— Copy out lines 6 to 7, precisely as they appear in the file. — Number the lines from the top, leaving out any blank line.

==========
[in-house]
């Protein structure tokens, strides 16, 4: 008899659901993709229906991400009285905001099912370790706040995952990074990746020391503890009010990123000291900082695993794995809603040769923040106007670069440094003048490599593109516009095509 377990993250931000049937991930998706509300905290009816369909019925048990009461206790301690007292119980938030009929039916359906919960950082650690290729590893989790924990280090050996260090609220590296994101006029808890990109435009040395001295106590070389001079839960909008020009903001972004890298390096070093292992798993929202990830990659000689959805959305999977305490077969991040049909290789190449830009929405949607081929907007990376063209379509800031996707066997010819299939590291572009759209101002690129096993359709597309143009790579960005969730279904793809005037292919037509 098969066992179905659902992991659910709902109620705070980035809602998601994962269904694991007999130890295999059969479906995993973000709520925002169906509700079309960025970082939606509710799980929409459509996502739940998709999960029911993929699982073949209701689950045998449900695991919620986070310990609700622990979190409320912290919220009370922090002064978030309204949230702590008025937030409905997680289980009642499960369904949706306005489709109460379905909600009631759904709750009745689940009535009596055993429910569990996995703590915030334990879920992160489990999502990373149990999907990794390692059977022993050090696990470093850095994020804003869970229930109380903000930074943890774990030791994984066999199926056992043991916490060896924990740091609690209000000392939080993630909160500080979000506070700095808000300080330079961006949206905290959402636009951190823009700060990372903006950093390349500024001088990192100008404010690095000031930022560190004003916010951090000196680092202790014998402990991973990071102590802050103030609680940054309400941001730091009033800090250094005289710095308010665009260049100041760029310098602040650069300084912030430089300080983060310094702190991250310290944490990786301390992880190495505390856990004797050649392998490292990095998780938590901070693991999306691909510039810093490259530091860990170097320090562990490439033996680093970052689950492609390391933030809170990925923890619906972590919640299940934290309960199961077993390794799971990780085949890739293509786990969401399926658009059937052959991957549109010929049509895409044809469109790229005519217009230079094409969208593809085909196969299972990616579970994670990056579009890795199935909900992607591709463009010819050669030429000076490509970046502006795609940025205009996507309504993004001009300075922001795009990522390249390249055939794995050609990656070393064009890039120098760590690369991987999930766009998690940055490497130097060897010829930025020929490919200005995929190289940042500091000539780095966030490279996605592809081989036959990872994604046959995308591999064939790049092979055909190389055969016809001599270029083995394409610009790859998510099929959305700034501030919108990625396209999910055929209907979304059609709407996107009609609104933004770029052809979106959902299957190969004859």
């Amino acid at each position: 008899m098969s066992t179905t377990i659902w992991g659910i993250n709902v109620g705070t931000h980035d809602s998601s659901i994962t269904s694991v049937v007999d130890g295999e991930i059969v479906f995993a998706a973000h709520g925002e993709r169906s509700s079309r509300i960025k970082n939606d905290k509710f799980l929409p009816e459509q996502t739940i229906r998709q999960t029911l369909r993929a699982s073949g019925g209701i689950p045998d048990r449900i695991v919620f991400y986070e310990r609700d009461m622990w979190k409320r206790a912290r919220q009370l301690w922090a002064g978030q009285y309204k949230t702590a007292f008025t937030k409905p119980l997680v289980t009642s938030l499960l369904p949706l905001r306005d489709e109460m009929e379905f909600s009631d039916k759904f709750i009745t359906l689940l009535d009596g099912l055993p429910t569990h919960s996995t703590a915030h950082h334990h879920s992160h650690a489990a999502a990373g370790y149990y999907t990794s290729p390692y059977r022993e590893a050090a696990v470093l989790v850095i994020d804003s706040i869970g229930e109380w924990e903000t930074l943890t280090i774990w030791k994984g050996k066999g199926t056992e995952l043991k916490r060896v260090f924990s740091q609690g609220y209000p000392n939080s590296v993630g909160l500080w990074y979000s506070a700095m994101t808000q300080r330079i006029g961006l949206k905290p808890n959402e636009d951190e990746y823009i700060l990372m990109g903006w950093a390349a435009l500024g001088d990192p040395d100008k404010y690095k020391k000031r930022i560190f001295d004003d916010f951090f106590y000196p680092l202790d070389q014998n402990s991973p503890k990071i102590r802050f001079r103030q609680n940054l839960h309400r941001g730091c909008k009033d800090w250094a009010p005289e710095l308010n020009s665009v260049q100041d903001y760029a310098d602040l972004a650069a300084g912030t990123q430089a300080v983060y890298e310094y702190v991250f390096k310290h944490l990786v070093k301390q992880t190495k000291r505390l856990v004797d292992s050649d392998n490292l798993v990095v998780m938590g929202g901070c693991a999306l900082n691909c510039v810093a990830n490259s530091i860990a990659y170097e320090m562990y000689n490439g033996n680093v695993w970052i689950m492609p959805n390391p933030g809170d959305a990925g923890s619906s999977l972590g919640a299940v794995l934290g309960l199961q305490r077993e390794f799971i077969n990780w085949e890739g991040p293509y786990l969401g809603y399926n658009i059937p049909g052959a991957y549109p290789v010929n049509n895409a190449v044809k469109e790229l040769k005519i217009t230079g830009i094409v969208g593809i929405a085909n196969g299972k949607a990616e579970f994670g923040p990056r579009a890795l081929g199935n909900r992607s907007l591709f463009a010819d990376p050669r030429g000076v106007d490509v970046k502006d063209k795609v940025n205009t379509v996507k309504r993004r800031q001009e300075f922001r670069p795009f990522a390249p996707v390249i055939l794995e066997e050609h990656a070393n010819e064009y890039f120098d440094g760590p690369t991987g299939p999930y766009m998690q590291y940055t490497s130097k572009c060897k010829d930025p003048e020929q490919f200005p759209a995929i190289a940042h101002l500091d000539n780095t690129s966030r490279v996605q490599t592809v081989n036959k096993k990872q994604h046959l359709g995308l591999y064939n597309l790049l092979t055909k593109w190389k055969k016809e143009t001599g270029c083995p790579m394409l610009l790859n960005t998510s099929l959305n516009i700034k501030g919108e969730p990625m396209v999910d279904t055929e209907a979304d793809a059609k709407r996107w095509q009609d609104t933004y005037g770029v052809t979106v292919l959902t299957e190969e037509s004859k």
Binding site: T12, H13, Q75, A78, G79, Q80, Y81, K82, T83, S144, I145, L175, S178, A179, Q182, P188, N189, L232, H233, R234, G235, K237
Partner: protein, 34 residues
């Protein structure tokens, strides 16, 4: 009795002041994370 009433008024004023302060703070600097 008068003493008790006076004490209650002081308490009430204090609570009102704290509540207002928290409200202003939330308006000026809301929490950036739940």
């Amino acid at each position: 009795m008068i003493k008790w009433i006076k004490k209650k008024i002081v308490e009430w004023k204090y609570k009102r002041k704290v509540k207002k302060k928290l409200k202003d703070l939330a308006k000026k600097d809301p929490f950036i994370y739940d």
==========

């Protein structure tokens, strides 16, 4: 009795002041994370 009433008024004023302060703070600097 008068003493008790006076004490209650002081308490009430204090609570009102704290509540207002928290409200202003939330308006000026809301929490950036739940």
């Amino acid at each position: 009795m008068i003493k008790w009433i006076k004490k209650k008024i002081v308490e009430w004023k204090y609570k009102r002041k704290v509540k207002k302060k928290l409200k202003d703070l939330a308006k000026k600097d809301p929490f950036i994370y739940d």